Letting Go Doesn't Hurt. Holding On Does.

About 10 years ago, Armando and I put together a band called "regular JOE 2.0. Armando and I had been together for years, and we trusted one another.


Still, with Rick (drums) and Adrian (lead guitar), who were new to us, we struggled musically, we struggled to find our audience and we struggled to find our chops. But once we got there, we did pretty well. As is typical with cover bands, eventually everyone got bored and wanted to move on. Adrian (God bless him) decided to do more challenging music and told us his days were numbered.


Still, I wanted to start doing original music, and I figured the chance to work these songs into our sets would've been fun. But the opportunity was gone. While I was sad that our band days were over, I was glad everyone moved forward with their lives. As they say, it was fun while it lasted. But let me tell you something most people don't know.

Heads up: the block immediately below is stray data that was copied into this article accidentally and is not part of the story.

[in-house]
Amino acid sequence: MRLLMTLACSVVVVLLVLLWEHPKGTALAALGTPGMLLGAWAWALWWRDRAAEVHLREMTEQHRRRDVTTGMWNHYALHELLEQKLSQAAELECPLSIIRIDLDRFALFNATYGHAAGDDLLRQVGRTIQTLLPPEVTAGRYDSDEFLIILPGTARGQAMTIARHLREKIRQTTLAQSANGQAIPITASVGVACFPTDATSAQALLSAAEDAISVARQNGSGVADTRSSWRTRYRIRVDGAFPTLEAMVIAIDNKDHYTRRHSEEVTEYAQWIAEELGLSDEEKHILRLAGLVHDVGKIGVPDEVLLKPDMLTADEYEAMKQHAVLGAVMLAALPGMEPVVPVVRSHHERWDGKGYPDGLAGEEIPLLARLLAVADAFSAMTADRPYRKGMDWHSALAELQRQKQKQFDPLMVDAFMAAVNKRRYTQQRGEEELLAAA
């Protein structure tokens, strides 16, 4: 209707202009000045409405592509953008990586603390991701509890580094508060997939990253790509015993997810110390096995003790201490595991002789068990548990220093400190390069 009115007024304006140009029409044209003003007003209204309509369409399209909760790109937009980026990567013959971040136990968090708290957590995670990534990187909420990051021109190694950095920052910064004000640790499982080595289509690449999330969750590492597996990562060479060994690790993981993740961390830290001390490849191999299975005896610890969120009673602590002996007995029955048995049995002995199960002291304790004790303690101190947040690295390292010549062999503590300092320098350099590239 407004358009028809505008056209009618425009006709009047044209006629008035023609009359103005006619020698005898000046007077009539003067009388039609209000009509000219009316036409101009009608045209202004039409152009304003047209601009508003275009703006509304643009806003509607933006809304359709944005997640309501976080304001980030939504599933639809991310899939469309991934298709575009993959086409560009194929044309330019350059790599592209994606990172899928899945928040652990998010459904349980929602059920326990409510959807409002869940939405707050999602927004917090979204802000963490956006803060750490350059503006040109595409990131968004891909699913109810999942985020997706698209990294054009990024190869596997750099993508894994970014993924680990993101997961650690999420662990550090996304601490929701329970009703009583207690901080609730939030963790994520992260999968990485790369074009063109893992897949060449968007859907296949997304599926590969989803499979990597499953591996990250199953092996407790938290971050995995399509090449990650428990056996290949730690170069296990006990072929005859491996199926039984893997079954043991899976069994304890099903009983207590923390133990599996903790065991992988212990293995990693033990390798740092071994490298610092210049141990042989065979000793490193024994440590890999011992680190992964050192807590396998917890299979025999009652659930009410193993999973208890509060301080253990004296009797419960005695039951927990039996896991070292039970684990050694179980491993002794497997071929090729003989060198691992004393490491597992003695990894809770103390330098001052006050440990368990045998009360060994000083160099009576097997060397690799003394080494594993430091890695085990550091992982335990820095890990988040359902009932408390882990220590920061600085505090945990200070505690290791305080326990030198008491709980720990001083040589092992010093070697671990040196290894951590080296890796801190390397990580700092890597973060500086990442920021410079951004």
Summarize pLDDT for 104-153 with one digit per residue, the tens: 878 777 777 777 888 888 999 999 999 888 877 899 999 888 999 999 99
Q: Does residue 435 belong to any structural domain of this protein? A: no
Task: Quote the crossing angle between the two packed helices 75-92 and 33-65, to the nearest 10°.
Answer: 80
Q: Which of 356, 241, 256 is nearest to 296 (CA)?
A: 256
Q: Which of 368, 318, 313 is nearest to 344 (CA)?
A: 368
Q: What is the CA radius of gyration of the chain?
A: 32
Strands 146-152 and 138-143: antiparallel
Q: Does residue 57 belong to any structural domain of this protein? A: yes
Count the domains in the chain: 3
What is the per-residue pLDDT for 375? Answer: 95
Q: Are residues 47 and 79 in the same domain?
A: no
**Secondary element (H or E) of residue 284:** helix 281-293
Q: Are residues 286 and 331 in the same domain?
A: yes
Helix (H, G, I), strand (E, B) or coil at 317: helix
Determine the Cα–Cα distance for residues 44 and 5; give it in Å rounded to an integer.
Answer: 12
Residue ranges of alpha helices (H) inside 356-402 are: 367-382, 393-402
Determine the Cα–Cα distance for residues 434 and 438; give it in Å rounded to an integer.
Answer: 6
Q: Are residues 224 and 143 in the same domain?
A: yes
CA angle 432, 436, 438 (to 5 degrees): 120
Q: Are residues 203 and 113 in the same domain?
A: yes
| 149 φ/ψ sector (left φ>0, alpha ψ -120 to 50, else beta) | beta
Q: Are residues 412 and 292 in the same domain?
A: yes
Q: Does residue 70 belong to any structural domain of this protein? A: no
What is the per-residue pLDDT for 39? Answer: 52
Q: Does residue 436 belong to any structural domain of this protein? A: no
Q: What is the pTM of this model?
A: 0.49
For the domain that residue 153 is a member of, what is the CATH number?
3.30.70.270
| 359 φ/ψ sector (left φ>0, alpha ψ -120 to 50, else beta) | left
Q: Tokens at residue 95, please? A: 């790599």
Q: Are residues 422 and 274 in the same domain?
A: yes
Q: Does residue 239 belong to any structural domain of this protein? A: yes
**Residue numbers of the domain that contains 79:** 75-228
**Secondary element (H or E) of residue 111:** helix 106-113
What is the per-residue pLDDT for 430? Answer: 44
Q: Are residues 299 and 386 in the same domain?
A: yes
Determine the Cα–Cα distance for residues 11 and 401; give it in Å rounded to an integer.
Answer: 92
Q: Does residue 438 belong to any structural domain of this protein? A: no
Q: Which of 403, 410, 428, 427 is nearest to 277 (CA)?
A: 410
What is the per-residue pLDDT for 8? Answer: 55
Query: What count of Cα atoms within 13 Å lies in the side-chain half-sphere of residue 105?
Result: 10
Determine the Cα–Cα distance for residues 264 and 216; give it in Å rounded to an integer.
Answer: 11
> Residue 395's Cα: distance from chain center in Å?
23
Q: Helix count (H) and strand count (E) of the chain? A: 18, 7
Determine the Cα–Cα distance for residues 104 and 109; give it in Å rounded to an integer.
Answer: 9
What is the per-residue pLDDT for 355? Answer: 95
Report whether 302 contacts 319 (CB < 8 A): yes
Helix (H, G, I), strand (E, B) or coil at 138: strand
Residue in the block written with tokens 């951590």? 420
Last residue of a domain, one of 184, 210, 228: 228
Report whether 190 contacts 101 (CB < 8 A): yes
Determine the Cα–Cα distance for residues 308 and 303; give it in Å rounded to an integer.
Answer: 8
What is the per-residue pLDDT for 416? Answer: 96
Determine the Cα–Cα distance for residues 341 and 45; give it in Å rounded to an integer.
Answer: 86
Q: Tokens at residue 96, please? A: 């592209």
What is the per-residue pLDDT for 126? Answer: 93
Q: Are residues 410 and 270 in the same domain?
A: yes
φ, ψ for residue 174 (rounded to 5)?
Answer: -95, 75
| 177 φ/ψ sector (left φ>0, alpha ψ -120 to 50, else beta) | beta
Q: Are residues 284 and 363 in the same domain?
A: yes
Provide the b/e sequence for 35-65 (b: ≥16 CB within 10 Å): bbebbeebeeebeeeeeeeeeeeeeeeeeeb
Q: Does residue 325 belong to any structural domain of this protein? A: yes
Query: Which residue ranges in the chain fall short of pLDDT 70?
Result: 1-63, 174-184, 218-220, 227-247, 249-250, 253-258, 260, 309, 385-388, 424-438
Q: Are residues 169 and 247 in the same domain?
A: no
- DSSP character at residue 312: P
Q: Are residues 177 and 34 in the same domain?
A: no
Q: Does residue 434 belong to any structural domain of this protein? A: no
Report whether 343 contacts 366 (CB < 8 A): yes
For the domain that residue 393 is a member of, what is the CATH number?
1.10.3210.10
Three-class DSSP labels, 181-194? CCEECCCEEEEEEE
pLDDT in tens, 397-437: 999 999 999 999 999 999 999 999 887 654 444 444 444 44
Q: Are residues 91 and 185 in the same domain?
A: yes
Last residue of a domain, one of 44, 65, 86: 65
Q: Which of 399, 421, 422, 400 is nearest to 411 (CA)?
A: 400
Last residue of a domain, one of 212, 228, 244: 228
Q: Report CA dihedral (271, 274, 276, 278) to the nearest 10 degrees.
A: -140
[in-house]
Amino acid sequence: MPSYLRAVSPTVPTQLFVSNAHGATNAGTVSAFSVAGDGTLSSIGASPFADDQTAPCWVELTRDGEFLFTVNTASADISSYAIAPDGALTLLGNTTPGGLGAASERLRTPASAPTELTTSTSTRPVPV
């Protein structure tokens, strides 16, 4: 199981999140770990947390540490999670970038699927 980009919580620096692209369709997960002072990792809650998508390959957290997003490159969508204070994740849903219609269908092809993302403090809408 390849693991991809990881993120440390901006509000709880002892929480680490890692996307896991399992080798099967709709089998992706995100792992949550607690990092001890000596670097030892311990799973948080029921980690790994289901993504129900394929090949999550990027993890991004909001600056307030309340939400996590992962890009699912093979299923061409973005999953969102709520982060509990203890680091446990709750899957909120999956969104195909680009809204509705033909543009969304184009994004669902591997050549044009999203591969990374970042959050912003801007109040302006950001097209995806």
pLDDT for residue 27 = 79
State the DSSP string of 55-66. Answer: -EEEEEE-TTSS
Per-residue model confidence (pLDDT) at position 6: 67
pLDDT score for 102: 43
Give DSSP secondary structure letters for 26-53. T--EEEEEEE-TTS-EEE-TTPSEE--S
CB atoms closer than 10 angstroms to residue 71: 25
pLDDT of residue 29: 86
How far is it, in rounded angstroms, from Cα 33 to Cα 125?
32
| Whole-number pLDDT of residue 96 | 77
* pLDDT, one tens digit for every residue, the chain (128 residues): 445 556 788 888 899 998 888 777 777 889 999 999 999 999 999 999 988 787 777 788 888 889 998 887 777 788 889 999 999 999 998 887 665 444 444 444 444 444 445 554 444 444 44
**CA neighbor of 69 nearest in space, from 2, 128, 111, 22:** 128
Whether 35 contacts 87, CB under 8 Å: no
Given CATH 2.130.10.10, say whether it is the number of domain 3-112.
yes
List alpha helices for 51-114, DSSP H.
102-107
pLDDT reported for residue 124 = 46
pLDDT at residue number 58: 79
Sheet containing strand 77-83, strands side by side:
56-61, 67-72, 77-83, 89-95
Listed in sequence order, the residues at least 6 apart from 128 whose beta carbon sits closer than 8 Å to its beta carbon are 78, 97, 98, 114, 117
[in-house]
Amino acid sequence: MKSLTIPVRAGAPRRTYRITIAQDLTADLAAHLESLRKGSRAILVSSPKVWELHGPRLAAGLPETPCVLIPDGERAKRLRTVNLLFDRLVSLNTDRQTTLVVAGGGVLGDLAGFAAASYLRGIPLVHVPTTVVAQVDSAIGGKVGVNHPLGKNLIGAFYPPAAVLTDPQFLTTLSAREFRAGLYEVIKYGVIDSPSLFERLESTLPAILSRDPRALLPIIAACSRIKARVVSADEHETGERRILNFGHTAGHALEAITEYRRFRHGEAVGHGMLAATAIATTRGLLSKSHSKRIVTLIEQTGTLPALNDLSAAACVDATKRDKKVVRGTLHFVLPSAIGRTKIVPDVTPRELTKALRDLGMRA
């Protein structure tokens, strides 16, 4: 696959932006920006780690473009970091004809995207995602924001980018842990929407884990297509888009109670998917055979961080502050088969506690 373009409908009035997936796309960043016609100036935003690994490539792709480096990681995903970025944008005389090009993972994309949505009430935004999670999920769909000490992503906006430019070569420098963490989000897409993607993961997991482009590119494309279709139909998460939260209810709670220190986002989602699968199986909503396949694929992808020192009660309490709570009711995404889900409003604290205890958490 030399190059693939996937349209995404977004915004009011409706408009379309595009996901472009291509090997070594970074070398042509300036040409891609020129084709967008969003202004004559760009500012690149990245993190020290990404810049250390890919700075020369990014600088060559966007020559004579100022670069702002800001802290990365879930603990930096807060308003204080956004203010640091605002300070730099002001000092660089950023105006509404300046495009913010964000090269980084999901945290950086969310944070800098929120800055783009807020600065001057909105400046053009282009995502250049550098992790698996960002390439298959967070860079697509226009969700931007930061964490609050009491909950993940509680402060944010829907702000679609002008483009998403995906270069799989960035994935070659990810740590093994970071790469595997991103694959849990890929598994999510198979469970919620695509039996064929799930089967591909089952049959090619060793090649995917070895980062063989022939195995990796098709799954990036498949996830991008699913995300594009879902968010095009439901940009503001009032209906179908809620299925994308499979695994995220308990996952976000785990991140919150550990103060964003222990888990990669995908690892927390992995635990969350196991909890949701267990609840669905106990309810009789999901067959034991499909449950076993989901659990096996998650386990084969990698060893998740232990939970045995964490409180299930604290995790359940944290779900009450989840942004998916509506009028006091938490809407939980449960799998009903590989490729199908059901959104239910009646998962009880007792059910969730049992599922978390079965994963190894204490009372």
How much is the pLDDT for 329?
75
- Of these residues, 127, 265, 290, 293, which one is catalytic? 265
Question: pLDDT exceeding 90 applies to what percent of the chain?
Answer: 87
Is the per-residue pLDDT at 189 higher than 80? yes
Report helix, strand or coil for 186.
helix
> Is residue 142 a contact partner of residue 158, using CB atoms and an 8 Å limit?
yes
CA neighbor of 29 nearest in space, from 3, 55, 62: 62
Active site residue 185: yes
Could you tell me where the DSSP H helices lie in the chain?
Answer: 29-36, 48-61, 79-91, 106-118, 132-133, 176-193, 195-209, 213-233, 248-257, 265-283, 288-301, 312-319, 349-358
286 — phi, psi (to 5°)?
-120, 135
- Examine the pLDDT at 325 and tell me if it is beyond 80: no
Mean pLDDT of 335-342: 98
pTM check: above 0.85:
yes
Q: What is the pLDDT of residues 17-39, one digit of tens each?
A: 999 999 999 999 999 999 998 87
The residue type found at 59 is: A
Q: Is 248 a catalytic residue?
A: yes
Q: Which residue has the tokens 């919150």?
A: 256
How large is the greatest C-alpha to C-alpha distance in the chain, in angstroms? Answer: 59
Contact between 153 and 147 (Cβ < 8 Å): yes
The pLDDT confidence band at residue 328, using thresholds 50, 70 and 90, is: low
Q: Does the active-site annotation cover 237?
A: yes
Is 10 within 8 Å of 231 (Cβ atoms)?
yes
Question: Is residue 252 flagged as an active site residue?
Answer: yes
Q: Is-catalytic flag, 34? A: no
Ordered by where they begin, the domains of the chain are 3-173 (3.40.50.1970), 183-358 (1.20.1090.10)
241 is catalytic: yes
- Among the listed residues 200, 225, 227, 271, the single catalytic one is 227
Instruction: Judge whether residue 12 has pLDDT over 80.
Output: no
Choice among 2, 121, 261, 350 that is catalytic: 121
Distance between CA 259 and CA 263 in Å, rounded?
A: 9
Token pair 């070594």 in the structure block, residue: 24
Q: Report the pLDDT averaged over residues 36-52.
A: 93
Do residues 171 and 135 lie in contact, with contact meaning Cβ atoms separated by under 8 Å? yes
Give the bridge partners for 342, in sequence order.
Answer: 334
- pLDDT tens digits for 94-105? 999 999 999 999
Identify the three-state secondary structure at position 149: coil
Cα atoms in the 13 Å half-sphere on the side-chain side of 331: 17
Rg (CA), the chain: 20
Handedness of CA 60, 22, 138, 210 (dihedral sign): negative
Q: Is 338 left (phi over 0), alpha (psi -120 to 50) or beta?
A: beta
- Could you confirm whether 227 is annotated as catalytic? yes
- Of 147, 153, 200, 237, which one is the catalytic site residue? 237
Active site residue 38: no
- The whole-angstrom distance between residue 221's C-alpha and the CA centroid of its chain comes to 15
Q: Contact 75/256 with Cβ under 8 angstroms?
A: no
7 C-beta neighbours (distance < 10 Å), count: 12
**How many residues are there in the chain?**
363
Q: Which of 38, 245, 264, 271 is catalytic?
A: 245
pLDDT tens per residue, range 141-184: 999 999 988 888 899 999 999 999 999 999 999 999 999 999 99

During a practice session, Adrian told me I was playing the wrong chord on a particular song. I challenged him back and said I didn't hear the chord the same way. He insisted. And I got angry. When he asked if we still had a band at that point, it dawned on me he was right. I was a control freak. I had to let go. I had to learn how to trust Adrian. From that point on, I did.


Armando stepped in and asked him if he would take over our music. From there, Adrian was our music director. He did an incredible job.


What Adrian taught me was to trust his judgement. As part of our team, I owed it to him to listen up to get things right. It takes a team to make a band work, not ego. In fact, ego is the enemy. Everyone on the team makes valuable contributions even if the audience doesn't see it directly. In this case, the audience never knew what Adrian did behind the scenes, they only saw how well he played.


As I mentioned on my last blog, everything sucked for me for a few years after the band died. My vocals, musicianship and motivation fell flat. I auditioned for bands in Albuquerque, but lost interest in them. The truth was, I was in a depression. Music wasn't fun anymore. Holding on to regular JOE 2.0 hurt.


I had to let it go. I turned inward, and started writing more seriously. I didn't want to be in a band anymore. I didn't want to tour. I wanted to create my own art. I had to move on.